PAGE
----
Tag Archives: Elijah Muhammad

Ali (2001)

If Spike Lee’s Malcolm X is a good example of the right way to make a feature length drama about a well-known historical figure, then Michael Mann’s Ali is probably a good example of how the same kind of film can fail. Michael Mann who directed the cult classic Heat and Magnificent Last of the Mohicans with Daniel Day Lewis has as much talent as Spike Lee. Will Smith, while not on the same level as Daniel Day Lewis, does a credible job as the titular hero. But Ali plays like a clunky 1970s TV movie.

How did Michael Mann manage, or why did he choose to make the life of Muhammad Ali look boring? Maybe the best way to approach the question is by looking at the film’s strengths. Will Smith captures some of Ali’s virtuosity with words, but it feels mechanical. Where Denzel Washington embodied Malcolm X, Will Smith always seems to be acting the part of Muhammad Ali. The fight scenes work on a technical level. But they lack the excitement of the excellent When We Were Kings, or even the rough, compelling melodrama of Rocky. Ali’s relationship to Malcolm X and the Nation of Islam and his heroic refusal to serve in the army during the Vietnam War are dealt with in a workmanlike, but perfunctory manner. The love scenes are just boring.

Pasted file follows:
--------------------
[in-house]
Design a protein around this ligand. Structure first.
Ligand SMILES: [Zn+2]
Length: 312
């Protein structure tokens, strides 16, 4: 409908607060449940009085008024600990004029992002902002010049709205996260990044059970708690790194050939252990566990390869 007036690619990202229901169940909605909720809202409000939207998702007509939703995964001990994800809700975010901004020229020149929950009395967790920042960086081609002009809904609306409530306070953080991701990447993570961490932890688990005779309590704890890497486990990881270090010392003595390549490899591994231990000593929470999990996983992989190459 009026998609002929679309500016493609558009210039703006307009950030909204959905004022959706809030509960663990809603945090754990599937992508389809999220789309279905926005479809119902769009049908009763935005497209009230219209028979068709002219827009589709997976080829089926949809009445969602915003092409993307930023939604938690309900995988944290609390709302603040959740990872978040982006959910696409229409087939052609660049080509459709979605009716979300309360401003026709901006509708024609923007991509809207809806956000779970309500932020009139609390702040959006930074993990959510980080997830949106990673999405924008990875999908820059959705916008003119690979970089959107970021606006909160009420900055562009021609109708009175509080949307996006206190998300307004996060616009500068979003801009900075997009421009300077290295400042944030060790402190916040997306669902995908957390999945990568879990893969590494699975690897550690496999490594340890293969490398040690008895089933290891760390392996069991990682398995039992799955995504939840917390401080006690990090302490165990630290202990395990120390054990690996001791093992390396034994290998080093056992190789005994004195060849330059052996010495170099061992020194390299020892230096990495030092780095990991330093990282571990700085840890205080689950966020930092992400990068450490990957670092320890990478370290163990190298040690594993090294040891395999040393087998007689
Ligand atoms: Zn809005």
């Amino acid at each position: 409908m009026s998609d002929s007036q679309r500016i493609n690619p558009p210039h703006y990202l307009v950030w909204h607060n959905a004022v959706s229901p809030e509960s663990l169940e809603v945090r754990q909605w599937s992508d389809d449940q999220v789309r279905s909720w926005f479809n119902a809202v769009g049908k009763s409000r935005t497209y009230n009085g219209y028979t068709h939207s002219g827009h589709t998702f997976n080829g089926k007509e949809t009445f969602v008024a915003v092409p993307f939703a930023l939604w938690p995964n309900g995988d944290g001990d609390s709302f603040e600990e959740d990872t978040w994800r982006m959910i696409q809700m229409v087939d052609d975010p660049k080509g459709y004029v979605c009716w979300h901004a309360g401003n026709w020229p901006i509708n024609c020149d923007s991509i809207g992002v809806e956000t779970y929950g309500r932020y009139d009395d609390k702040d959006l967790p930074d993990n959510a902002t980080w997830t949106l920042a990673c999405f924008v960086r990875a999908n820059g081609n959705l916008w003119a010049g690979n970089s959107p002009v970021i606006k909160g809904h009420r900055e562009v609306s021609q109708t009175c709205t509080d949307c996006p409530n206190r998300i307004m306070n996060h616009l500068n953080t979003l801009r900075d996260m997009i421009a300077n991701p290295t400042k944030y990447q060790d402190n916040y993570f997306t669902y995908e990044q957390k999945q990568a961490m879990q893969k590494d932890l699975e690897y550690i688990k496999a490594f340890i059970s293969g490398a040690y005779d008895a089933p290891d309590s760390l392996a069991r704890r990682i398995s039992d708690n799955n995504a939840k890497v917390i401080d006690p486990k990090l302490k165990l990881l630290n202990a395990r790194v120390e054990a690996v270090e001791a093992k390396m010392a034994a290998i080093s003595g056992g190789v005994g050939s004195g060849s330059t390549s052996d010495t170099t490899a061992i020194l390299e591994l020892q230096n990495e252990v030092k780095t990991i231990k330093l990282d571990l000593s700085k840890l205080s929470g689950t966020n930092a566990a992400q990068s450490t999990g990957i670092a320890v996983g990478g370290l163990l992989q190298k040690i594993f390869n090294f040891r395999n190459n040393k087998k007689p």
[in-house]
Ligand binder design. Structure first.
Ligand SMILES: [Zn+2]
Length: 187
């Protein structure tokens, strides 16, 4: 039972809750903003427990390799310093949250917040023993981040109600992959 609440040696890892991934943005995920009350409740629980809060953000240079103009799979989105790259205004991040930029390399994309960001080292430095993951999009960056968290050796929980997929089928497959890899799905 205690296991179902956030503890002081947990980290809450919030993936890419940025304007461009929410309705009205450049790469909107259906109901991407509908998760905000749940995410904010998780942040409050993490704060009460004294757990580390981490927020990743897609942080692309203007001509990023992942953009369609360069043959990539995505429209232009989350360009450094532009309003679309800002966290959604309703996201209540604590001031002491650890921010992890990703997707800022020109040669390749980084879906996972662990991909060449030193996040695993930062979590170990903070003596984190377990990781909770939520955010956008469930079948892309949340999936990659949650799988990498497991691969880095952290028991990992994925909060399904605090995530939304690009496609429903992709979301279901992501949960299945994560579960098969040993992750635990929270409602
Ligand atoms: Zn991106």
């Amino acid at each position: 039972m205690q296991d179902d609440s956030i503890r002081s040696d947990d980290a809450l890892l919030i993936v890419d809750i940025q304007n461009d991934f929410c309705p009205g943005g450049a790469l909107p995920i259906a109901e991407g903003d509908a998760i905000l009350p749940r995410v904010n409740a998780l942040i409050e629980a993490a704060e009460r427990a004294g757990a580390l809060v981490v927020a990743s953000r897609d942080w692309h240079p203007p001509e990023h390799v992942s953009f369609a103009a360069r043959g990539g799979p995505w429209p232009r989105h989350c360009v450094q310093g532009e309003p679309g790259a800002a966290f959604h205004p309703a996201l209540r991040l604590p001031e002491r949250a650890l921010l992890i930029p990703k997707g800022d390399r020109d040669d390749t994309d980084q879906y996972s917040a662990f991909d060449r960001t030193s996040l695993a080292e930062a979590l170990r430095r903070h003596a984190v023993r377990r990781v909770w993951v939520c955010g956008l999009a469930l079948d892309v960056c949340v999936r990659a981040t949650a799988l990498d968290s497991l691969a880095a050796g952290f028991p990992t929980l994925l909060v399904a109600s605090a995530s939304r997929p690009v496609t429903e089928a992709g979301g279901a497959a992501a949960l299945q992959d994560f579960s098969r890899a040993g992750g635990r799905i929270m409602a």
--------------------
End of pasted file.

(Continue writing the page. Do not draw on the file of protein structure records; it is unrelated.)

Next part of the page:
Ali is at it’s strongest when it slows down and shows Ali in his most private moments. Not only does Will Smith capture Ali’s laid back southern personality in a way he doesn’t capture him as a trash talking virtuoso, the film shows this titanic figure in the history of sports and American politics getting hassled by the cops while he’s jogging, walking through a snowstorm in a hoodie, worrying about money, sitting around in his living room watching TV with his family, We understand what it must have been like for the real Muhammad Ali to imagine that his career as a fighter was over, that he could no longer practice the art that he might have been better at than any other person in history.